For years product placement has been visible on British TV screens in films and international programmes, particularly from the US.

Think American Idol, instantly the image of Jennifer Lopez sipping from her Coca Cola branded red cup resonates in your head. Think E.T, present was one of the earliest examples of product placement in film: the friendly alien eating away at chocolate manufacturer Hershey’s Reese’s pieces. Even though British audiences have been exposed to many examples of it, however, it was only until February of this year that Ofcom lifted the ban on product placement in British programmes.

Daytime TV show This Morning, last February, became the first show to incorporate the use of product placement. Forking out £100,000, Dolce Gusto’s coffee machines were nicely in shot while presenters Holly Willoughby and Phillip Schofield led the shows cooking segment.

…the increase of commercial adverts between films and dramas to six minutes…

While this was a more discreet attempt of brand promotion – the presenters never once engaged with the product or seeming interested in it – popular soap Hollyoaks has made a more direct attempt at combining advertising within their show through a deal they struck with Heat magazine. An episode which aired on 18 March saw the Heat team visit Chester to interview and photograph one of the characters; product placement being a driving force of the plot in this instance.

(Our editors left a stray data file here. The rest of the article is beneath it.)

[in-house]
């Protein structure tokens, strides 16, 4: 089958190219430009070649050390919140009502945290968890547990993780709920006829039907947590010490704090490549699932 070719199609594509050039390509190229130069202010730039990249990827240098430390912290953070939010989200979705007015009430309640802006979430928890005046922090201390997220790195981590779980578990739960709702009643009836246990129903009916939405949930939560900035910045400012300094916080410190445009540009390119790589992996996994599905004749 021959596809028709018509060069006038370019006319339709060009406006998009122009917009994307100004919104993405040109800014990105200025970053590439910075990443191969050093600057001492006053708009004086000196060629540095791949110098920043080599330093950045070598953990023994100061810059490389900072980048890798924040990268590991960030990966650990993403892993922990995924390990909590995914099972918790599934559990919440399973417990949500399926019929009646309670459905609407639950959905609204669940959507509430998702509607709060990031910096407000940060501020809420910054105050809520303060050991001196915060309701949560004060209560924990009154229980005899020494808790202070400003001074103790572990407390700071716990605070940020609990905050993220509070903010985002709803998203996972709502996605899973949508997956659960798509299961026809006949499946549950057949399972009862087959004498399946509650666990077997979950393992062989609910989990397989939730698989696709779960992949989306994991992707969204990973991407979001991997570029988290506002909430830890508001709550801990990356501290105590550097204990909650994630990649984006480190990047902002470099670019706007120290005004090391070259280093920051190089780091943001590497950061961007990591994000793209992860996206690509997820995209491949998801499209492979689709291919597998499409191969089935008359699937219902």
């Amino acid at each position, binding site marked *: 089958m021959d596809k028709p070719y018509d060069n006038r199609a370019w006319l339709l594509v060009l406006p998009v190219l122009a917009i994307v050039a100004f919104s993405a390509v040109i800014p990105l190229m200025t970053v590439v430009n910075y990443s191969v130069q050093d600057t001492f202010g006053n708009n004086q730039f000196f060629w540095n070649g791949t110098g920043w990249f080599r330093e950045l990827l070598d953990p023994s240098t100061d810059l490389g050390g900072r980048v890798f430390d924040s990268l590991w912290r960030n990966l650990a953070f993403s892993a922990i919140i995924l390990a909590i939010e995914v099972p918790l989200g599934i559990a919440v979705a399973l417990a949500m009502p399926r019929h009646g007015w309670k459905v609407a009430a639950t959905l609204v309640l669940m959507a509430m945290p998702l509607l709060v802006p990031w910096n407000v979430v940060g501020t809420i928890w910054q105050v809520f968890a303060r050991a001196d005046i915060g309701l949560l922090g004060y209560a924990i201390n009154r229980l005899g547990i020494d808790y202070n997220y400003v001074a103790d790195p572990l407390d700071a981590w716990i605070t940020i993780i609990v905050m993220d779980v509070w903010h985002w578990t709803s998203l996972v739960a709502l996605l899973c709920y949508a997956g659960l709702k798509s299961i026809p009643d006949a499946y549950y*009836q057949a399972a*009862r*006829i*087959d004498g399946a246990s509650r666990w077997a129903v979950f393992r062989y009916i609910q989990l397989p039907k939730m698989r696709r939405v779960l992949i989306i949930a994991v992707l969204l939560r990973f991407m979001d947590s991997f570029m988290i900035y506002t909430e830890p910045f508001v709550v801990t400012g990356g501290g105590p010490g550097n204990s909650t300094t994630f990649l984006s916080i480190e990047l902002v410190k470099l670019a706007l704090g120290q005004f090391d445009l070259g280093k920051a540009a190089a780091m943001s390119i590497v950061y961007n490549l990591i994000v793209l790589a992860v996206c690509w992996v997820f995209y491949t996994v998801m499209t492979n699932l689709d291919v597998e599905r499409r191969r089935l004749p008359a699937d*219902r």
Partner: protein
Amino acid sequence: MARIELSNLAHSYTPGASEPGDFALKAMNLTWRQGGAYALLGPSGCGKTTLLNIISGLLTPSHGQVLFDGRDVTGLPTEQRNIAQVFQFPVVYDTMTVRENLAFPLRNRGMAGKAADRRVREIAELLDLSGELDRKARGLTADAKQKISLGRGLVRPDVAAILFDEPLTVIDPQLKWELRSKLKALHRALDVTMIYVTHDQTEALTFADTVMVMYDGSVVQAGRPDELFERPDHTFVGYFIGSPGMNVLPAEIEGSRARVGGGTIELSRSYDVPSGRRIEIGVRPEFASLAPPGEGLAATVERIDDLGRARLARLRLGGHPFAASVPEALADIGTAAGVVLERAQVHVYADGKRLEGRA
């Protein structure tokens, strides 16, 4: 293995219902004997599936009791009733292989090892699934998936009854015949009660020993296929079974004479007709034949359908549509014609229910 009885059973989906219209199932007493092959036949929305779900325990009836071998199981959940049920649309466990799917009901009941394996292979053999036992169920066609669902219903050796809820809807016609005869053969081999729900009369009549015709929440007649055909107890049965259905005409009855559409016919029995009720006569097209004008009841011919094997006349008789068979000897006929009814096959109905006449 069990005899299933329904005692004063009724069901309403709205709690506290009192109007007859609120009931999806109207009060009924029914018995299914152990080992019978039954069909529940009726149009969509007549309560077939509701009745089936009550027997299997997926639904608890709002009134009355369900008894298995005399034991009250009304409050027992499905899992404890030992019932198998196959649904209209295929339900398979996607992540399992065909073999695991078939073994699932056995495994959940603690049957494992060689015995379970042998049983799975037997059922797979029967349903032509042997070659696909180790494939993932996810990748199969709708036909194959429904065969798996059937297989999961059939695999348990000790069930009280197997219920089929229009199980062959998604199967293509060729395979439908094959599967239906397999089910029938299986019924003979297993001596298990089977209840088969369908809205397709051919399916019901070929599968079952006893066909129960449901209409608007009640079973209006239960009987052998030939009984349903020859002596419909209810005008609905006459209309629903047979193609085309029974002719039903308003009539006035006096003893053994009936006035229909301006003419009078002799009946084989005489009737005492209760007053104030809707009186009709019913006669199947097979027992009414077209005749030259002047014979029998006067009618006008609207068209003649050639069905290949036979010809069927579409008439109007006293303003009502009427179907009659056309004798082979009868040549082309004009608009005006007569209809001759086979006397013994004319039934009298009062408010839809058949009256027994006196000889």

Product placement will boost the sales of certain brands, but the question must be asked: is this all at the expense of us, the viewers? Coinciding with the lifting of the ban, Ofcom also announced the increase of commercial adverts between films and dramas to six minutes. Just when you thought it was the American’s who are the worst offenders in bombarding viewers with countless advertisements, it seems we are soon to follow suit.

…companies are surely gloating with joy at the prospect cashing in on product placement…

For viewers engrossed in a hard hitting television drama to be interrupted by a six minute advert would prove frustrating, possibly even more so is returning to the drama unable to avoid the obvious plastering of product placement on the screen.

Only time will tell how this lifting of the ban progresses, but big brand companies are surely gloating with joy at the prospect: cashing in on product placement. The new James Bond film is set to break the record funded by an outstanding $45 million worth of product placement.

Viewers intrigued by hopes of getting a glimpse at which cigarettes soap veteran Dot Cotton has been smoking for 15 years or what alcoholic beverages the Big Brother housemates indulge in, however, will be disappointed as the promotion of tobacco, alcohol, gambling and foods containing high levels of fat, salt or sugar are still banned. Nonetheless we can only hope that what’s still available will add value to the programmes and not interrupt or dishearten viewing for audiences.

Image courtesy of James Vaughan  and Hollyoaks

 

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